Burke and the Nature of Politics
The Age of the American Revolution
Published by: The University Press of Kentucky
Edmund Burke in recent years has assumed extraordinary stature in American political thinking as the father of neoconservatism. In this book, the first of a two-volume biography of this eighteenth-century English statesman, Mr. Cone brings important new evidence to his thesis that during the age of the American Revolution Burke was significant more as the politician and the party man than as a systematic political philosopher.
This volume deals with Burke's career to 1782, when the Marquis of Rockingham, to whom Burke had attached himself seventeen years earlier, stood once again on the threshold of the prime ministership. In this period Burke was the voice -- and frequently the behind-the-scenes leader -- of the parliamentary opposition to George III, Lord North, and the "King's Friends." Ever since the repeal of the Stamp Act in 1766, he and his colleagues had struggled against the government over the great imperial questions of America, India, and Ireland and over the "influence" of the crown in domestic affairs through the patronage of the royal household offices.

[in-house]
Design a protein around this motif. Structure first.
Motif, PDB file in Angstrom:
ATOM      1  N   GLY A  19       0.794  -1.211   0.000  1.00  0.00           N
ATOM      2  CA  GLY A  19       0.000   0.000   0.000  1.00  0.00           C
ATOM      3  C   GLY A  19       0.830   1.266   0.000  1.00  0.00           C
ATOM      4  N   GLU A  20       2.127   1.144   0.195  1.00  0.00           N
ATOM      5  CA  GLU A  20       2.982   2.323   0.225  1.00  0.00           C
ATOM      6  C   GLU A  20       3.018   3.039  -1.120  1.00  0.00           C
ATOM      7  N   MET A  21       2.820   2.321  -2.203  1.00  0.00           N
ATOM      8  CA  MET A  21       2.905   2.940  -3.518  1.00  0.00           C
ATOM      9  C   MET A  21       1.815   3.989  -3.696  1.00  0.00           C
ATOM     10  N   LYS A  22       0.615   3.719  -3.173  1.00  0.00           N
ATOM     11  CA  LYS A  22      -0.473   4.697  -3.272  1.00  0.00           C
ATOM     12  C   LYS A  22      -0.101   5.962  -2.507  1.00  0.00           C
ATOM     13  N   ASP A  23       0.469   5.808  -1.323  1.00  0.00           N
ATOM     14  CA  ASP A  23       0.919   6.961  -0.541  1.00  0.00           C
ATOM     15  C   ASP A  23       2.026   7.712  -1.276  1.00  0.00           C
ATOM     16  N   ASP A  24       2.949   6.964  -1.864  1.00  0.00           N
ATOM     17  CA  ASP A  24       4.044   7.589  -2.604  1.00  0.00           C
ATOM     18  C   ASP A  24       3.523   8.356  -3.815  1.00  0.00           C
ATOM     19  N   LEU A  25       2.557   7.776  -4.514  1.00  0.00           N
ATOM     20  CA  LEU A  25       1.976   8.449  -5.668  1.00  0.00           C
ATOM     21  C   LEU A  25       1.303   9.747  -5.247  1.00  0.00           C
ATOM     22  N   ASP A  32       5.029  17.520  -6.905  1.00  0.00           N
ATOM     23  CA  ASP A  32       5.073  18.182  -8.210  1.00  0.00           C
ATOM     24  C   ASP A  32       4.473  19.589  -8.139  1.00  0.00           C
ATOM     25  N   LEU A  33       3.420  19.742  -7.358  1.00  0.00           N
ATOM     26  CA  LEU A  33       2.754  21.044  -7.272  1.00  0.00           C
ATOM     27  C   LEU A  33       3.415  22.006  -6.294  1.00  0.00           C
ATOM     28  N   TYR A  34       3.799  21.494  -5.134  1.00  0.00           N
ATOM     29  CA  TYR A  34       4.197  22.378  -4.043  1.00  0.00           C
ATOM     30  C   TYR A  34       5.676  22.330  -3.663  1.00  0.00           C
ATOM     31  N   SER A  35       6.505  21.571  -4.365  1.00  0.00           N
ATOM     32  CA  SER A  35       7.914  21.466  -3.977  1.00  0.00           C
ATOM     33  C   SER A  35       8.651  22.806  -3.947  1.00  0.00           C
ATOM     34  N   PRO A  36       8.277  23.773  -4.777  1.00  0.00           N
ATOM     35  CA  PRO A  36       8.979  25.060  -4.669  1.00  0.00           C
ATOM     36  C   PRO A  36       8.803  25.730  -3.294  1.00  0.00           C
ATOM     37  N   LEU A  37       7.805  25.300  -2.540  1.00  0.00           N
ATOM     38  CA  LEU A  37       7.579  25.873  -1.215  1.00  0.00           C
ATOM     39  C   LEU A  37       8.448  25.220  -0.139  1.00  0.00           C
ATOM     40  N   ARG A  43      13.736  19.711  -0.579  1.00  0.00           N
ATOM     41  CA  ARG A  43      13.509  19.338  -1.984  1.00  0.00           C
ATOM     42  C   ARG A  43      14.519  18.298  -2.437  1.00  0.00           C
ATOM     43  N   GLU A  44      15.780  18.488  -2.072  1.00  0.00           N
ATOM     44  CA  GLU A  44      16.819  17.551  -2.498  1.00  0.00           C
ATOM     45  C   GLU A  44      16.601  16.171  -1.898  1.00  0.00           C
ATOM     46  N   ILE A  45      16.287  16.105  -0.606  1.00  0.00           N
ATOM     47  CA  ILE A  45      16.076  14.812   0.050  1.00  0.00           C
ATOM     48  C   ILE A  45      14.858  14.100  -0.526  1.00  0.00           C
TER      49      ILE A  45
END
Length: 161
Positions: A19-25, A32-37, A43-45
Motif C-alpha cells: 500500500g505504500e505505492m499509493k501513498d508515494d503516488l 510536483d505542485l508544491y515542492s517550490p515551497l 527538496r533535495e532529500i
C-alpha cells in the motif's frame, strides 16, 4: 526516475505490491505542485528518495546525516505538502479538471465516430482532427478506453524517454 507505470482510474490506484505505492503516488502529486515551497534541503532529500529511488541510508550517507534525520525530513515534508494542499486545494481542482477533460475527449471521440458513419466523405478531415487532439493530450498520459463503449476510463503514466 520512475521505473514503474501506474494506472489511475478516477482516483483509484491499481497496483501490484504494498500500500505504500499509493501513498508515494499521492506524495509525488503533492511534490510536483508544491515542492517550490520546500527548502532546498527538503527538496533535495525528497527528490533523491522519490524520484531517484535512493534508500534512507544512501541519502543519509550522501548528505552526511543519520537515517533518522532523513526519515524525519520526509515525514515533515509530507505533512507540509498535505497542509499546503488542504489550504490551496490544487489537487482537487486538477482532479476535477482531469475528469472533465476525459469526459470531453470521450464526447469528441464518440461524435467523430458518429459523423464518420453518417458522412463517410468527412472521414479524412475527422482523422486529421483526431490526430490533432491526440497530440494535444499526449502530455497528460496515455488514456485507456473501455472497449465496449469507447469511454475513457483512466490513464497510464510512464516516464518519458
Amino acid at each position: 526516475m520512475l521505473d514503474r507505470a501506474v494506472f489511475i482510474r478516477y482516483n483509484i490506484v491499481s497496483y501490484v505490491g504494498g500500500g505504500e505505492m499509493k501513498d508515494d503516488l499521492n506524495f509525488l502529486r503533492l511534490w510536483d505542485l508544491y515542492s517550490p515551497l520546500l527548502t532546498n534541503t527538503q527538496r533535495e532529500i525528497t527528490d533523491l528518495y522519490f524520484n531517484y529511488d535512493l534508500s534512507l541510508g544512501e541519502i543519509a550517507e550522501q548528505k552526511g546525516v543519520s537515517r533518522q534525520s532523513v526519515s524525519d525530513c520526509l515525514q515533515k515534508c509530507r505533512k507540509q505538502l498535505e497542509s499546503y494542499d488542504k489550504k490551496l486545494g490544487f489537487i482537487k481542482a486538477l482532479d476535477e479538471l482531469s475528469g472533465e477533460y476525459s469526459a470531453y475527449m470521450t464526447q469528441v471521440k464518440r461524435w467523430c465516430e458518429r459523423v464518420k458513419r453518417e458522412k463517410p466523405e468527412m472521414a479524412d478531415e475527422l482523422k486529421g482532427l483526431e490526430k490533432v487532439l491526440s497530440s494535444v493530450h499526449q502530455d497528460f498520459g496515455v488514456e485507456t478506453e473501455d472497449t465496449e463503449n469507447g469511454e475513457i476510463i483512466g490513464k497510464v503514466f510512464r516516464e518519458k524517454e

Mr. Cone stresses the importance of Burke's practical contributions to the art of government. By his partisan activities, his leadership in parliament, and his political writings, Burke gave expression to new ideas about the nature of English politics and emphasized the value of political parties as necessary instruments of free government. Indeed, Mr. Cone states, in so far as Burke the conservative championed the cause of party government, he did more than the political radical to change the nature of the cabinet, of parliament, of their relationship to one another, of the monarchy and its relationship to the cabinet and parliament -- in short, to revolutionize the practical working of the political and constitutional system of England.
Based upon manuscript sources which were not opened to general scholarship until 1949, this book contains much new information about Burke's private life and provides a provocative reevaluation of his political career in the age of the American Revolution.